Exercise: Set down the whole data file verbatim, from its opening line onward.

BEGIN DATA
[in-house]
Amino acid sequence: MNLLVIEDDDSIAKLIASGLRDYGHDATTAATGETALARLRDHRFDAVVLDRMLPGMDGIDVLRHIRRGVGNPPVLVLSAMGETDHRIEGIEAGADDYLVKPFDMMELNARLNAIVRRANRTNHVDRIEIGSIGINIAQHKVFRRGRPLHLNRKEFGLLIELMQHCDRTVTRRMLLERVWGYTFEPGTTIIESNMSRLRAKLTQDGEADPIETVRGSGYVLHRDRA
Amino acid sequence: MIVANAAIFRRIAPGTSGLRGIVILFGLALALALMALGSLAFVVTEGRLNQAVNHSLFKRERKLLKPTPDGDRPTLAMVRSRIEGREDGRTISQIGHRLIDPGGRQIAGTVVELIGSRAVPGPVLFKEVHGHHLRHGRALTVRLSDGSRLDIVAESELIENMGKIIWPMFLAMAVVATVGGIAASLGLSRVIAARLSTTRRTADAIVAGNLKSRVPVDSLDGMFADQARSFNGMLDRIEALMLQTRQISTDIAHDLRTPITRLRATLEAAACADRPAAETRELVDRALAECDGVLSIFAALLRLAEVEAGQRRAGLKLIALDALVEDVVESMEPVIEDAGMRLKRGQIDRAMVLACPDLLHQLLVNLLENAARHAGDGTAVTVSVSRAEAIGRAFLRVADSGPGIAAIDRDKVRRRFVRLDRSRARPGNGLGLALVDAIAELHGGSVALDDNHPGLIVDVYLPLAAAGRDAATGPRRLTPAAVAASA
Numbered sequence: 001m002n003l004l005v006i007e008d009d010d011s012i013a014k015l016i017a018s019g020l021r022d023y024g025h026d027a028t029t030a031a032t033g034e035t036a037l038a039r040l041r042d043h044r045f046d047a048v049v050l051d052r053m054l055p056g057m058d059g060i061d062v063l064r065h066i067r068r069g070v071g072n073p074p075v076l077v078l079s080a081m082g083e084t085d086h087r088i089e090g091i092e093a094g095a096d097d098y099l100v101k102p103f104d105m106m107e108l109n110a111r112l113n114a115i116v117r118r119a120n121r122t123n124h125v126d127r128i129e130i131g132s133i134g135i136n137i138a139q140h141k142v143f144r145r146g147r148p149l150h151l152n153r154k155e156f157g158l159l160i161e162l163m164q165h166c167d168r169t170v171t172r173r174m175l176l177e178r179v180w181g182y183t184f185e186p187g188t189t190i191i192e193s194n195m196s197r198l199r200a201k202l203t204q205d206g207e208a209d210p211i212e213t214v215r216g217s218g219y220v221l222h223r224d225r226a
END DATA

[in-house]
Amino acid sequence: MNLLVIEDDDSIAKLIASGLRDYGHDATTAATGETALARLRDHRFDAVVLDRMLPGMDGIDVLRHIRRGVGNPPVLVLSAMGETDHRIEGIEAGADDYLVKPFDMMELNARLNAIVRRANRTNHVDRIEIGSIGINIAQHKVFRRGRPLHLNRKEFGLLIELMQHCDRTVTRRMLLERVWGYTFEPGTTIIESNMSRLRAKLTQDGEADPIETVRGSGYVLHRDRA
Amino acid sequence: MIVANAAIFRRIAPGTSGLRGIVILFGLALALALMALGSLAFVVTEGRLNQAVNHSLFKRERKLLKPTPDGDRPTLAMVRSRIEGREDGRTISQIGHRLIDPGGRQIAGTVVELIGSRAVPGPVLFKEVHGHHLRHGRALTVRLSDGSRLDIVAESELIENMGKIIWPMFLAMAVVATVGGIAASLGLSRVIAARLSTTRRTADAIVAGNLKSRVPVDSLDGMFADQARSFNGMLDRIEALMLQTRQISTDIAHDLRTPITRLRATLEAAACADRPAAETRELVDRALAECDGVLSIFAALLRLAEVEAGQRRAGLKLIALDALVEDVVESMEPVIEDAGMRLKRGQIDRAMVLACPDLLHQLLVNLLENAARHAGDGTAVTVSVSRAEAIGRAFLRVADSGPGIAAIDRDKVRRRFVRLDRSRARPGNGLGLALVDAIAELHGGSVALDDNHPGLIVDVYLPLAAAGRDAATGPRRLTPAAVAASA
Numbered sequence: 001m002n003l004l005v006i007e008d009d010d011s012i013a014k015l016i017a018s019g020l021r022d023y024g025h026d027a028t029t030a031a032t033g034e035t036a037l038a039r040l041r042d043h044r045f046d047a048v049v050l051d052r053m054l055p056g057m058d059g060i061d062v063l064r065h066i067r068r069g070v071g072n073p074p075v076l077v078l079s080a081m082g083e084t085d086h087r088i089e090g091i092e093a094g095a096d097d098y099l100v101k102p103f104d105m106m107e108l109n110a111r112l113n114a115i116v117r118r119a120n121r122t123n124h125v126d127r128i129e130i131g132s133i134g135i136n137i138a139q140h141k142v143f144r145r146g147r148p149l150h151l152n153r154k155e156f157g158l159l160i161e162l163m164q165h166c167d168r169t170v171t172r173r174m175l176l177e178r179v180w181g182y183t184f185e186p187g188t189t190i191i192e193s194n195m196s197r198l199r200a201k202l203t204q205d206g207e208a209d210p211i212e213t214v215r216g217s218g219y220v221l222h223r224d225r226a